January 03, 2005
Hubert Vo's journey

Due to be sworn in to the 79th Legislature in two days but with an electoral challenge still hanging over his head, Hubert Vo talks about how he got here.

Vo worked as a busboy and a cook. He assembled digital watches and video games. He was robbed more times than he cares to remember as a convenience store clerk. He went door to door updating listings for telephone books. He's been a steelworker and a goldsmith, built computers and formed a computer company. He earned a degree in mechanical engineering from the University of Houston, where he met his wife. And they're raising three children.

He got into real estate, built shopping centers, manages apartment complexes and even earned a license as an air-conditioning technician.

"I worked at different places, getting understanding of a worker, of a manager, of a supervisor," Vo said. "From the ground up, I have that hands-on knowledge, different classes of society. Hopefully I can understand the people of my district better than anybody else, because I've been through all those things myself."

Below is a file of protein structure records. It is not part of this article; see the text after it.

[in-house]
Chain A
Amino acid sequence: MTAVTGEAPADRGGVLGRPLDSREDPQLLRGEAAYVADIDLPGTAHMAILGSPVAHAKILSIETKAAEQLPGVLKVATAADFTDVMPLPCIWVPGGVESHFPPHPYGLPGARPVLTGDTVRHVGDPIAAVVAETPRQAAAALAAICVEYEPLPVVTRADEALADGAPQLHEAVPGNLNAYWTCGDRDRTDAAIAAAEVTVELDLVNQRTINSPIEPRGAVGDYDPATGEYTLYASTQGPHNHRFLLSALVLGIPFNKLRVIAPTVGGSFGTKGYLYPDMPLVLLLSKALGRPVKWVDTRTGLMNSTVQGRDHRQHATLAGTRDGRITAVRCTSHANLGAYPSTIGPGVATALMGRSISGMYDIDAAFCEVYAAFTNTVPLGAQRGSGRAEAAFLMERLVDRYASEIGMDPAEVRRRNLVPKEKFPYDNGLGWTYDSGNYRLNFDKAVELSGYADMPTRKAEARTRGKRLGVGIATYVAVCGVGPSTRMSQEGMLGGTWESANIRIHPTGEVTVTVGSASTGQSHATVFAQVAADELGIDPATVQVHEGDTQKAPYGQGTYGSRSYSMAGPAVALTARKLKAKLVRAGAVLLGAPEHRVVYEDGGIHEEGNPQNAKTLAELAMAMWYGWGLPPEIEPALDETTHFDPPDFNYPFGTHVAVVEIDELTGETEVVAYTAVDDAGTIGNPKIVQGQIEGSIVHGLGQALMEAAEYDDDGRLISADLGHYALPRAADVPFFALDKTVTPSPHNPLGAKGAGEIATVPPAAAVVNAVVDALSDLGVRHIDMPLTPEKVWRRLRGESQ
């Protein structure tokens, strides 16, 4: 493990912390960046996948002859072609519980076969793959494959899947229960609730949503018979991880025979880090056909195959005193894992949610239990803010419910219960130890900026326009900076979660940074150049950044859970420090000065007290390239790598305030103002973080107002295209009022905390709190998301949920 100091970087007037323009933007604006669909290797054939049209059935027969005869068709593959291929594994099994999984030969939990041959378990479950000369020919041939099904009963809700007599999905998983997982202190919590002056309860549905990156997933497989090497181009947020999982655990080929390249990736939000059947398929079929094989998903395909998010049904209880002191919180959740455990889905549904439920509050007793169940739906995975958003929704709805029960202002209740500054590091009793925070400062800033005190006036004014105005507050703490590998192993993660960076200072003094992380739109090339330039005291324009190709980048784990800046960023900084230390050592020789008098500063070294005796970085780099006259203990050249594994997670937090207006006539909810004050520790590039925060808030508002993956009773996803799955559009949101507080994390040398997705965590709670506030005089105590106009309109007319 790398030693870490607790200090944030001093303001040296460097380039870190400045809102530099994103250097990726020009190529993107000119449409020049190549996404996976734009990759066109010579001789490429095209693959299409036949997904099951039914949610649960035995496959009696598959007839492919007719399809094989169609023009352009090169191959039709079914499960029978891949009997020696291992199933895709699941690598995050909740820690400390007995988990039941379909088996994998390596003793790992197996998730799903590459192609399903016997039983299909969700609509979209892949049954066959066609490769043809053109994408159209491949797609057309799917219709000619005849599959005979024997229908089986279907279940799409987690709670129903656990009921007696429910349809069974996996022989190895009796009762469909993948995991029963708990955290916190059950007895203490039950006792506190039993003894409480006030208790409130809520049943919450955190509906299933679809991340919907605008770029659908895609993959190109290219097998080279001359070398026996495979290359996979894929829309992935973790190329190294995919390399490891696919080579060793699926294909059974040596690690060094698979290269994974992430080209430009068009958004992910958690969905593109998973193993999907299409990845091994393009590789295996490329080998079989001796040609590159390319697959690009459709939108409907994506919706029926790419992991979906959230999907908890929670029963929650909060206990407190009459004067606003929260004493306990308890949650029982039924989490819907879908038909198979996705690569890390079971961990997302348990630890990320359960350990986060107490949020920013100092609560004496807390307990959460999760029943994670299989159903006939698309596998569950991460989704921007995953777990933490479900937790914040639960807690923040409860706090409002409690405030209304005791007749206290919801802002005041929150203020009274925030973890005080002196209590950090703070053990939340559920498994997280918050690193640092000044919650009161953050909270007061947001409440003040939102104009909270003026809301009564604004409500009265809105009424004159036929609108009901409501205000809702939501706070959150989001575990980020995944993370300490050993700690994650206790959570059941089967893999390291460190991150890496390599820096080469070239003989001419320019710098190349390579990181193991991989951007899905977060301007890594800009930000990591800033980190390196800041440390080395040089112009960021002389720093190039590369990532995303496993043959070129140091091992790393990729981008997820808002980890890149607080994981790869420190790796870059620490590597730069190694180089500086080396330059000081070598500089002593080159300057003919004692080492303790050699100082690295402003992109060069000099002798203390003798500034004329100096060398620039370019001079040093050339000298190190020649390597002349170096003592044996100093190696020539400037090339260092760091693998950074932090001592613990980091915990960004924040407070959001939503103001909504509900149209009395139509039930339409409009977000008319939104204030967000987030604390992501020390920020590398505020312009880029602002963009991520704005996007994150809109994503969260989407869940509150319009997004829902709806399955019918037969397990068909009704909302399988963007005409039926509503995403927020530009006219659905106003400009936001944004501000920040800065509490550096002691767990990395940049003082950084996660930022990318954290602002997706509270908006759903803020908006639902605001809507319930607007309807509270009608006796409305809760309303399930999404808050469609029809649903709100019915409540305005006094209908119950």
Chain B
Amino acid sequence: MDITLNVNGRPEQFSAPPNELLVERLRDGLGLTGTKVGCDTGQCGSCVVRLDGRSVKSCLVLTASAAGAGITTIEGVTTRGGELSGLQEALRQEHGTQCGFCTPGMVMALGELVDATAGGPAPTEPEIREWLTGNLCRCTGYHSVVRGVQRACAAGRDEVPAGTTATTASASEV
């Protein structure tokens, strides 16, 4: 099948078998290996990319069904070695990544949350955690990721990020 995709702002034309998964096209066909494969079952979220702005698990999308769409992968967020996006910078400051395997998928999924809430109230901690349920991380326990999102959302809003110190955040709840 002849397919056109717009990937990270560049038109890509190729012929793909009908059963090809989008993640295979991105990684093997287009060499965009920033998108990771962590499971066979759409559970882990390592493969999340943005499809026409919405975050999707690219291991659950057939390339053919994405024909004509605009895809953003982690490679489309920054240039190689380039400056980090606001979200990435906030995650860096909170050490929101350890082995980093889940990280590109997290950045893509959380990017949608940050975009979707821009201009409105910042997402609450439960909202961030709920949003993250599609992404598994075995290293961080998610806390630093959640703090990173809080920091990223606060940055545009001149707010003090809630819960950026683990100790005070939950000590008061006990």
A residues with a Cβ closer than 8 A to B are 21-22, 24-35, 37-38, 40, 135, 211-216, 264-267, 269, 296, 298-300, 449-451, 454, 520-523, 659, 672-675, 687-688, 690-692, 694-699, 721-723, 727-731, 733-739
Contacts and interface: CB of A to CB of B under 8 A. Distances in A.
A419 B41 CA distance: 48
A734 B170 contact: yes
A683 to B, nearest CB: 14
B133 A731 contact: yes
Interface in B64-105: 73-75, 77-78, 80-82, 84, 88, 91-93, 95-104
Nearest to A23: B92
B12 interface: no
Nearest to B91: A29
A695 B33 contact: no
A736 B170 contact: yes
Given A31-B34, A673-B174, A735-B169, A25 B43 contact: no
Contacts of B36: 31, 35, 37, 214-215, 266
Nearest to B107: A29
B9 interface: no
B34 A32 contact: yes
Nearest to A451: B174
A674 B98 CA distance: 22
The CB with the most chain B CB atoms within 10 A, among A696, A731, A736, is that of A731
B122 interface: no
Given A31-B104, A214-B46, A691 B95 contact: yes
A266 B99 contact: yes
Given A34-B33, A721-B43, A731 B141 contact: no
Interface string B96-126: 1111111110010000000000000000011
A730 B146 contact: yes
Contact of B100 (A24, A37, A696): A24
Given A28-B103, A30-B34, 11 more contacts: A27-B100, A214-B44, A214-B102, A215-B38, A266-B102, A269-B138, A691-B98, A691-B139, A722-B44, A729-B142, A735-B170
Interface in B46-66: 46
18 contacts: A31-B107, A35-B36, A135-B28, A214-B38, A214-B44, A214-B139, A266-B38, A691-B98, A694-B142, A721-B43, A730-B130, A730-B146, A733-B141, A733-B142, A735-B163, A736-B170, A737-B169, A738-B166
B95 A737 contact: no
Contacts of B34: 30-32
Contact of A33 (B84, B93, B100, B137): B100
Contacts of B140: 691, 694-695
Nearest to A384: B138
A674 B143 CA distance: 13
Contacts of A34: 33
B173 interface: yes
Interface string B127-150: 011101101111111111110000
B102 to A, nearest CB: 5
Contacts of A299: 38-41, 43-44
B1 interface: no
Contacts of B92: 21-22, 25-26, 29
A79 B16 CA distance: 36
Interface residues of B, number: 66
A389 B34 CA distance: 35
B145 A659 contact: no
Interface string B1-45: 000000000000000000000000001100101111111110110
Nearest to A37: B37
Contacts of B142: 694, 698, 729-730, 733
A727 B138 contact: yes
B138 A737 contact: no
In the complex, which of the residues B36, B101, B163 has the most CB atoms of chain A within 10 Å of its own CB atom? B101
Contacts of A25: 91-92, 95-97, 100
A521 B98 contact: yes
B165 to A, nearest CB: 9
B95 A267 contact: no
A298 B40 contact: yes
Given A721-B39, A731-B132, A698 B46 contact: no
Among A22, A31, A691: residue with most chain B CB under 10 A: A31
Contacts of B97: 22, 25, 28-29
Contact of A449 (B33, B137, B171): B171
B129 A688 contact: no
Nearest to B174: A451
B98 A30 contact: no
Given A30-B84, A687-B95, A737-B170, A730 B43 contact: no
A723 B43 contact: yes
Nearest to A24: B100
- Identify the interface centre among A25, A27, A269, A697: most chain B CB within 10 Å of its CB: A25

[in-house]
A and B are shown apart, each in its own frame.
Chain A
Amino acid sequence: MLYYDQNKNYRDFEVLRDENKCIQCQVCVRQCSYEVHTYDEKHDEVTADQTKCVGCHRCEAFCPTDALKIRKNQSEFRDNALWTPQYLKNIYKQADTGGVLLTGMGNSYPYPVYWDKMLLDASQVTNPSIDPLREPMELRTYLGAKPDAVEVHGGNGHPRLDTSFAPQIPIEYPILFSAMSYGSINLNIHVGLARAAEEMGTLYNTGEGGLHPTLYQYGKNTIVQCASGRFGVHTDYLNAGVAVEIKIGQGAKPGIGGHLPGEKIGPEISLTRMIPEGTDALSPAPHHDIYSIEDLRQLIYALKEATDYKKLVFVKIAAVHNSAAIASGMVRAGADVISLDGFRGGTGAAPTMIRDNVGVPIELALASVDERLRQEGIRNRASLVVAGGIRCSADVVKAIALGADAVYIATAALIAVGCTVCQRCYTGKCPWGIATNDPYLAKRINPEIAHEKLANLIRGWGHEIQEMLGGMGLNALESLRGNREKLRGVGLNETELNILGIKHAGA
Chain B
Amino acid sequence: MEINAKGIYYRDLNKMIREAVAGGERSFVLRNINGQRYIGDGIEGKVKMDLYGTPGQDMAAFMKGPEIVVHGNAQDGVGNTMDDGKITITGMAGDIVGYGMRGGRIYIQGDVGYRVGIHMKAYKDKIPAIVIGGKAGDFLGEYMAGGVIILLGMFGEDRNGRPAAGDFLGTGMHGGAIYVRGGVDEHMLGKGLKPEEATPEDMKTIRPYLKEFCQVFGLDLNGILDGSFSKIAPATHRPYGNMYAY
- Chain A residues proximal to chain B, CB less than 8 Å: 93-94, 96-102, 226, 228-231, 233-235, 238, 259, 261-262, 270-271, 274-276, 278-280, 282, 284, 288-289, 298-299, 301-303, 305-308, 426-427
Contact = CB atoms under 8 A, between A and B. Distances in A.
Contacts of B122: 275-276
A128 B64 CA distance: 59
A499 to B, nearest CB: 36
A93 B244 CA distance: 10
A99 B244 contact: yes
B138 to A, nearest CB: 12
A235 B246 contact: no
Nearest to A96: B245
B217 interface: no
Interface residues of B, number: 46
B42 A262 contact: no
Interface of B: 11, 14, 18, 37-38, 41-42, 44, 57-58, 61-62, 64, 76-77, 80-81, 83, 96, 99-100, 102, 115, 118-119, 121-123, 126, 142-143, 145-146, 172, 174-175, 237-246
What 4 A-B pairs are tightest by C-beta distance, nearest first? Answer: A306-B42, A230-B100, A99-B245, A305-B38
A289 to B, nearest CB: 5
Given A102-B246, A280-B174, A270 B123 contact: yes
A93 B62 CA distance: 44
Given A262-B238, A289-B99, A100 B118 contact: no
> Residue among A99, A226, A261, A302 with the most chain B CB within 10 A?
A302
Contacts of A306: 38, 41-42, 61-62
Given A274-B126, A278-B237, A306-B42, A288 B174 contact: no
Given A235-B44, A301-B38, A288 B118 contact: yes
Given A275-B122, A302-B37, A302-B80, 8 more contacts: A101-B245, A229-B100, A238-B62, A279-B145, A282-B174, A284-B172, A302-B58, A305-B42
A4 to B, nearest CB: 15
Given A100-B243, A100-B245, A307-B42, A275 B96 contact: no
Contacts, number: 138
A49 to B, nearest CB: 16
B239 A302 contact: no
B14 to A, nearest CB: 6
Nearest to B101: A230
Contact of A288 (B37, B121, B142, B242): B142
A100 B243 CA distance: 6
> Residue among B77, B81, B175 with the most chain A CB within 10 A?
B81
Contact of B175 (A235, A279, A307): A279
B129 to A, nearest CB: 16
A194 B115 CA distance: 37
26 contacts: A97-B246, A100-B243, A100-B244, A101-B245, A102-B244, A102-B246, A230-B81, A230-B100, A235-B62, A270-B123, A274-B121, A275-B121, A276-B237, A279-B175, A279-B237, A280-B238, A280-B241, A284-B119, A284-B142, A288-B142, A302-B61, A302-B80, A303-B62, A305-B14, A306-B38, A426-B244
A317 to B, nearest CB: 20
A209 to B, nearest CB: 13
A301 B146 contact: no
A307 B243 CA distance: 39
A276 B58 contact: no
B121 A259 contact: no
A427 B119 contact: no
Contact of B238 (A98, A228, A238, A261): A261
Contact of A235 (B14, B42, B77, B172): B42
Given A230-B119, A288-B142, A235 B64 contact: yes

In war-ravaged Vietnam, where his father worked for the Vietnamese navy and coast guard and had ties to the CIA, Vo was a freshman in college studying economics and politics when their world imploded.

His father brought home word they'd have to leave.

They boarded a boat to the Philippines, then went to a resettlement camp in Little Rock, Ark., which they chose over California (too expensive) and Pennsylvania (too cold). He and his family were adopted by a church congregation in Palestine in East Texas, moved to Lubbock in 1976 and to Houston a year later. His father had learned through a friend that Houston would be a good place to settle, crowded like Saigon and full of opportunity.

Good stuff. On the subject of that electoral challenge, there's an online petition urging the House leadership to reject it and seat Vo. I don't put a whole lot of stock in the effectiveness of these things - a handwritten letter on actual paper sent by snail mail to your state rep is about a billion times more effective - but it only takes a second to add your name if you're interested.

Posted by Charles Kuffner on January 03, 2005 to Election 2004 | TrackBack